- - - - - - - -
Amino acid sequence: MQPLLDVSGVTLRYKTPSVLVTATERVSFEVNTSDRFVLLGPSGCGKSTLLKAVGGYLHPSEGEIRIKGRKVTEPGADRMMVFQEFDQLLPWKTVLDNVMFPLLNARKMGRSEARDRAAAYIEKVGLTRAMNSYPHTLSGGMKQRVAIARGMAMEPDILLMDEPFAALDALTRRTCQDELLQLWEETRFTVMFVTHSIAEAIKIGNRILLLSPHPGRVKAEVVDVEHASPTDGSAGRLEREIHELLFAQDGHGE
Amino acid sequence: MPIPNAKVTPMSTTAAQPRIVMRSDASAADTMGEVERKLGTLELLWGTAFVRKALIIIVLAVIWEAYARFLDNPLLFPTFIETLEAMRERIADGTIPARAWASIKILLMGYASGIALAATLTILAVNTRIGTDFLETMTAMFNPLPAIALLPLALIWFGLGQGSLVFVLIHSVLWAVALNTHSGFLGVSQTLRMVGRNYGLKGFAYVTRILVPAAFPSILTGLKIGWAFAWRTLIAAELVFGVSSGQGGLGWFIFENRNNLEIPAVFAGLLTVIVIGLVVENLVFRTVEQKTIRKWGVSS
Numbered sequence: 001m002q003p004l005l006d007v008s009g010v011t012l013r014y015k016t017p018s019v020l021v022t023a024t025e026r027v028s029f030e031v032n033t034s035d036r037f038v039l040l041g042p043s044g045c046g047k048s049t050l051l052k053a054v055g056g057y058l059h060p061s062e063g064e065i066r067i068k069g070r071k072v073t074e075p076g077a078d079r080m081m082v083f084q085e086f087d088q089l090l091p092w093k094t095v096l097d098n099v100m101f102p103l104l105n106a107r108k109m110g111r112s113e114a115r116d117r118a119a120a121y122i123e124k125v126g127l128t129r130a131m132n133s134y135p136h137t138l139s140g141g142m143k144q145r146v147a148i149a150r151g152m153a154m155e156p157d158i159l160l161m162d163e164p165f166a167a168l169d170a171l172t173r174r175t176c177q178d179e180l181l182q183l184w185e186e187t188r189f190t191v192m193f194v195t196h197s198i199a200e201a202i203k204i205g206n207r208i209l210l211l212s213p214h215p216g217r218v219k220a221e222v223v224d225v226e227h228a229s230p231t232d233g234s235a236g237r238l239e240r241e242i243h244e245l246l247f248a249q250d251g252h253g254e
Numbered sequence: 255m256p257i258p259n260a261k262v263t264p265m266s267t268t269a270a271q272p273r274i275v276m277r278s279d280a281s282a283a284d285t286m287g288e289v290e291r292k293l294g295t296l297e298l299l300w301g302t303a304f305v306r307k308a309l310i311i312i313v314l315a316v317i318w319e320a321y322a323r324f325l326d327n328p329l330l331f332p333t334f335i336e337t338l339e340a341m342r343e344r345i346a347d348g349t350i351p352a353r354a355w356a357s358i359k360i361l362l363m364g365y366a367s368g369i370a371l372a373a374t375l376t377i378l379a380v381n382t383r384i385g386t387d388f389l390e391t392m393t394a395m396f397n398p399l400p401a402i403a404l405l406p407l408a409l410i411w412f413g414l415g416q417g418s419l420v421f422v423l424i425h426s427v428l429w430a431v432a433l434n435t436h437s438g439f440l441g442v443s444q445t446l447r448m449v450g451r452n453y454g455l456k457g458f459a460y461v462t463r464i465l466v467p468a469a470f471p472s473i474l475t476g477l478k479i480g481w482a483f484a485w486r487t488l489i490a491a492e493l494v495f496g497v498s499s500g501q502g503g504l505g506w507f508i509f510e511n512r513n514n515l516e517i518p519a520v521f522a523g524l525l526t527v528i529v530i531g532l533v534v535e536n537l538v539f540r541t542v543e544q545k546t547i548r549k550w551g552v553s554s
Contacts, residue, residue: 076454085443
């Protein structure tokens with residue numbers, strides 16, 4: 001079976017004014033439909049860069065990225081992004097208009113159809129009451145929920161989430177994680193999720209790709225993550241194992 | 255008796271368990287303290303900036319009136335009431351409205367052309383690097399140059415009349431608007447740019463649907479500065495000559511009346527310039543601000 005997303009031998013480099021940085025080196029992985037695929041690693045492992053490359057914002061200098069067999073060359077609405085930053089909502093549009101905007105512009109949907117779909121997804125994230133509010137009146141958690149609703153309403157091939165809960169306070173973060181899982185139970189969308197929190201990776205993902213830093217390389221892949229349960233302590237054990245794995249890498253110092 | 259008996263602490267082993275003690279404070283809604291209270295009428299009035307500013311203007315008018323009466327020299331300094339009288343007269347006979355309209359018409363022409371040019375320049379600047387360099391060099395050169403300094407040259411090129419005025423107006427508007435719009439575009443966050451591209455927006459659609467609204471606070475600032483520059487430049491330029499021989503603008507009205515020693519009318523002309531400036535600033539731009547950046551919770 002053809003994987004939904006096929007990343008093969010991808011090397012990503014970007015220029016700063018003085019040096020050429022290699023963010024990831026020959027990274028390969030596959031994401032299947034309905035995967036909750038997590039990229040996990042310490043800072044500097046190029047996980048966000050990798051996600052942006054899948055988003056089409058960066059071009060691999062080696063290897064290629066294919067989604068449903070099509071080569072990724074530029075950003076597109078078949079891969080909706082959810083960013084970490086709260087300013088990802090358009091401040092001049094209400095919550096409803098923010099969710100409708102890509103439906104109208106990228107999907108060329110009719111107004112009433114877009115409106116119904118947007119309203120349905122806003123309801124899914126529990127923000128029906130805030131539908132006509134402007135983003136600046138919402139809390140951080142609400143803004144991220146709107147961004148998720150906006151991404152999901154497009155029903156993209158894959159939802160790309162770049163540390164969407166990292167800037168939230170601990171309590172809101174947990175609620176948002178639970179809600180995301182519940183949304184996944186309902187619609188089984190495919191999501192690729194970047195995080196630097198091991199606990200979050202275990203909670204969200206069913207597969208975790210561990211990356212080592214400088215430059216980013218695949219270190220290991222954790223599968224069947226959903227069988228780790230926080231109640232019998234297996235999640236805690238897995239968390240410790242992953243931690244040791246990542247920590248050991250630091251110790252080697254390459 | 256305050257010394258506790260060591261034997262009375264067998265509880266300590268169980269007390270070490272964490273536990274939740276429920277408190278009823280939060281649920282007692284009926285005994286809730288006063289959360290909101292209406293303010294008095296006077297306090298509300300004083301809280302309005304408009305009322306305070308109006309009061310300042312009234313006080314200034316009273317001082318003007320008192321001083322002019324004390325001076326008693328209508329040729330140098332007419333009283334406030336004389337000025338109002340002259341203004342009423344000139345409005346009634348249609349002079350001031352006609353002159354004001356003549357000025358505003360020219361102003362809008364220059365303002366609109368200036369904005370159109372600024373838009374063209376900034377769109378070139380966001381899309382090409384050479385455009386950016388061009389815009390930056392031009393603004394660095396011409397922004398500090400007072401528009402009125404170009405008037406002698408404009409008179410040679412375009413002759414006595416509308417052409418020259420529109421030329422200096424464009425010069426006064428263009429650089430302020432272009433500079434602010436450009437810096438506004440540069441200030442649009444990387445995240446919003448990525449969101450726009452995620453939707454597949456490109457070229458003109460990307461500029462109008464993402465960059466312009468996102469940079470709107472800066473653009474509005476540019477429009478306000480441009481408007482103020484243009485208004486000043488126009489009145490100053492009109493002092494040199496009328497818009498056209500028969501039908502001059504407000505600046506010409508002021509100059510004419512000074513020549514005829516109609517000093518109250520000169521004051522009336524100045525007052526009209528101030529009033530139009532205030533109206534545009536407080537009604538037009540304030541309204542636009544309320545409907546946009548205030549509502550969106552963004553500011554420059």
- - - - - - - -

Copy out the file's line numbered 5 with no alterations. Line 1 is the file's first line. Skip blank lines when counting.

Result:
Contacts, residue, residue: 076454085443